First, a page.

By Medicover Hospitals / 01 Apirl 2022

Home | Articles | Coughing Up Blood Is Not Always An Emergency: Know Other Causes Of Spitting Blood

Article Context:

  1. Causes
  2. Symptoms
  3. Diagnosis
  4. Treatment
  5. Prevention
  6. When to See a Doctor?
  • Seeing blood while you cough can be alarming, whether it's a large or small amount. Coughing up blood which is also known as hemoptysis can be very frightening. It can be perplexing at first. Is the blood genuinely flowing from the lungs, or is it coming from a nosebleed, throat, esophagus, or stomach? While hemoptysis is the most specific symptom of lung cancer, it is more typically caused by something innocuous.
    Let's take a look at the potential causes, what can be done to diagnose the underlying issue, and what treatment choices are available. We'll also go over when coughing up blood is an emergency and when it's not. Coughing up blood, even in small amounts can be harmful.
  • Causes of Coughing up Blood

    There are many things that make you cough up blood. Some of the common causes include:
    • Bronchitis
    • Lung Cancer
    • Damaged airways
    • Pneumonia
    • Tuberculosis
    • Chronic obstructive pulmonary disease (COPD)

    Other causes include: Congestive heart failure

    • Inflammatory or autoimmune conditions
    • Lung abscess
    • Prasitic Infection
    • Pulmonary Embolism
    • Blood thinners
    Know more about coughing up blood


  • When there is bleeding in the throat, trachea, or in large or tiny airways of the lungs, hemoptysis can develop. Many people have reported spitting up blood-streaked mucus as one of their symptoms. Coughed blood is frequently mixed with mucus and has a frothy look. It's critical to distinguish between blood that comes up via mouth and blood that comes up from other parts of the body.
  • Some common symptoms are:

    • Large amounts of blood coughed up
    • Shortness of breath
    • Significant blood loss
    • Rapid heart rate
    • Weakness or fatigue
    • Having a tracheostomy

    Diagnosis of Coughing up Blood

  • Coughing up blood can be moderate or severe, so it's critical to figure out what's causing the symptoms so you can get the help you need. The doctor will start by asking you, how much blood you've been coughing up, how long you've been coughing, and how much of it is mixed with mucus.
  • Following tests will be recommended by the doctor to be performed:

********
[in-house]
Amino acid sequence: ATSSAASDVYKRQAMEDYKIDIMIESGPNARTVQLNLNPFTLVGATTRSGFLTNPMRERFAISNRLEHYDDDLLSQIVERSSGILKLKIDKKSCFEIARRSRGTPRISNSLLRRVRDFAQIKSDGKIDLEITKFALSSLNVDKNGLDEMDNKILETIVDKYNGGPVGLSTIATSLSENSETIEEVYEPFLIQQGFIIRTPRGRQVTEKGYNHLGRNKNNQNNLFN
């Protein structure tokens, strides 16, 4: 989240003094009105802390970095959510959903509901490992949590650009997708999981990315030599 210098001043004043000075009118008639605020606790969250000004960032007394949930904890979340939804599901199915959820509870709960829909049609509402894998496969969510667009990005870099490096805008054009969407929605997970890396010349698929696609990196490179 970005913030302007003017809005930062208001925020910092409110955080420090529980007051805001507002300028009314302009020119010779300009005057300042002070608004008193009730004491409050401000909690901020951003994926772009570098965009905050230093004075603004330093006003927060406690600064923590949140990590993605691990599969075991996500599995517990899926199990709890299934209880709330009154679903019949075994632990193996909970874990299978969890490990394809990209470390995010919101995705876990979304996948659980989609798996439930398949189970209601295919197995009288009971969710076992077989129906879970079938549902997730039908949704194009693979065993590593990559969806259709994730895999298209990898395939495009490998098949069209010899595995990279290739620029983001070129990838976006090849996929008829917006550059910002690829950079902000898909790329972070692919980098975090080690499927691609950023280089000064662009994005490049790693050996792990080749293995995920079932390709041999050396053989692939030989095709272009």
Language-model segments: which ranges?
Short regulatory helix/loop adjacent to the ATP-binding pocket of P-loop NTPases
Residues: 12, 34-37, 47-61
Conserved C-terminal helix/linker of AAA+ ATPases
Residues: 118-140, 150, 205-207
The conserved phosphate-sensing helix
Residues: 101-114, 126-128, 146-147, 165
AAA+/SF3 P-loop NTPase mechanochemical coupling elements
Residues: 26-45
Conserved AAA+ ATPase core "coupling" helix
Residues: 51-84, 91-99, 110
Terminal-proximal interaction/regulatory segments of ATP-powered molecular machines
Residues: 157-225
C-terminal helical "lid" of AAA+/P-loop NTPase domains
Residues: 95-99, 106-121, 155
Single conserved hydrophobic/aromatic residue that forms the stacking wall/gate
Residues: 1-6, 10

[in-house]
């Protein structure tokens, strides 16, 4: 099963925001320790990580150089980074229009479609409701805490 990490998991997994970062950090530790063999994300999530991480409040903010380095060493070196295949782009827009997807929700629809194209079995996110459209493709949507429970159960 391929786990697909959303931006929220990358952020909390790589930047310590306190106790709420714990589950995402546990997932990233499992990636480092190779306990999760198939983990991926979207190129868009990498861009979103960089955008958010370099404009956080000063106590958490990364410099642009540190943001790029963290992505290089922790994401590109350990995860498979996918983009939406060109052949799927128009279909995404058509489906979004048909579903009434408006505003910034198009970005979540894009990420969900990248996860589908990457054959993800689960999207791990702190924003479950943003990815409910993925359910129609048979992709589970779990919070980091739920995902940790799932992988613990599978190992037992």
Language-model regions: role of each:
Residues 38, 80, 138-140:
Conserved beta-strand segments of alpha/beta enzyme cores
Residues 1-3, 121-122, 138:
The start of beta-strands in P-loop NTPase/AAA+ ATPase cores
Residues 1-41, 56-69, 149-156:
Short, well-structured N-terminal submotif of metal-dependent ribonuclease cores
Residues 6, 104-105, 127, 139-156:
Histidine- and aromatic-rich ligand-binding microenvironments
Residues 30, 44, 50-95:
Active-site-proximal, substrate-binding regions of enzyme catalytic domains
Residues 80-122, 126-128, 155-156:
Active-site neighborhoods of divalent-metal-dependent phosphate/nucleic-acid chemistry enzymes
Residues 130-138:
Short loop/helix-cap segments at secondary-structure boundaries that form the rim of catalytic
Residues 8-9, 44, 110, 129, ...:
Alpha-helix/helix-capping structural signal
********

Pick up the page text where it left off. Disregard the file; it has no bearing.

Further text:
• CT Scan or MRI scan
    • Chest X-Ray to identify the presence of tumours or fluids in the lungs
    • Lung Scan
    • Lung Biopsy
    • Bronchoscopy
    • Blood Count
    • Sputum culture of the lung excretions to look for infection
    • Blood clotting test
    • Urinalysis


  • Coughing up blood has a range of treatments. Cough suppressants can be used to treat mild and transient blood coughing. If the coughing up blood persists or worsens, then the patient should seek medical attention immediately.
    Once the reason for the coughing up blood is identified, the doctor will discuss the best treatment options with you, taking into account both the symptoms and the underlying condition. First, they might try embolizing (stopping) the bleeding artery or performing a bronchoscopy to stop the bleeding.
    If a tumour is determined to be the cause of the ailment, surgery and cancer therapy may be required. For pneumonia or tuberculosis, antibiotics may be administered. Steroids may be used to treat the bleeding caused by inflammation. Surgery may be done in a minimally invasive way (video-assisted thoracoscopic approach) or via an open procedure. The most common procedure is a removal of a wedge of lung tissue in the bleeding site.
  • Prevention for Coughing up Blood

  • Coughing up blood is a common sign of a disease, ailment, or condition. Ignoring the symptom may exacerbate the underlying cause.
    Prevention entails identifying the problem and receiving appropriate therapy. Some lifestyle modifications, such as quitting smoking or avoiding going outside during pollution can be beneficial.
    Ignore a persistent cough if you have it. Treating this can help prevent you from coughing up blood.
  • When to Visit a Doctor?

    Coughing up blood should always be addressed to the doctor since it could be a sign of a serious respiratory problem.
    If you're experiencing any of the following problems, seek quick assistance:
    • Coughing up blood following a fall or injury to the chest
    • Cough up more than a few teaspoons of blood
    • Blood in urine and stool
    • If you experience, chest pain, dizziness, fever, lightheadedness and shortness of breath
    Timely action can prevent serious consequences of this symptom. Spitting blood should never be ignored in children. Be aware, be safe!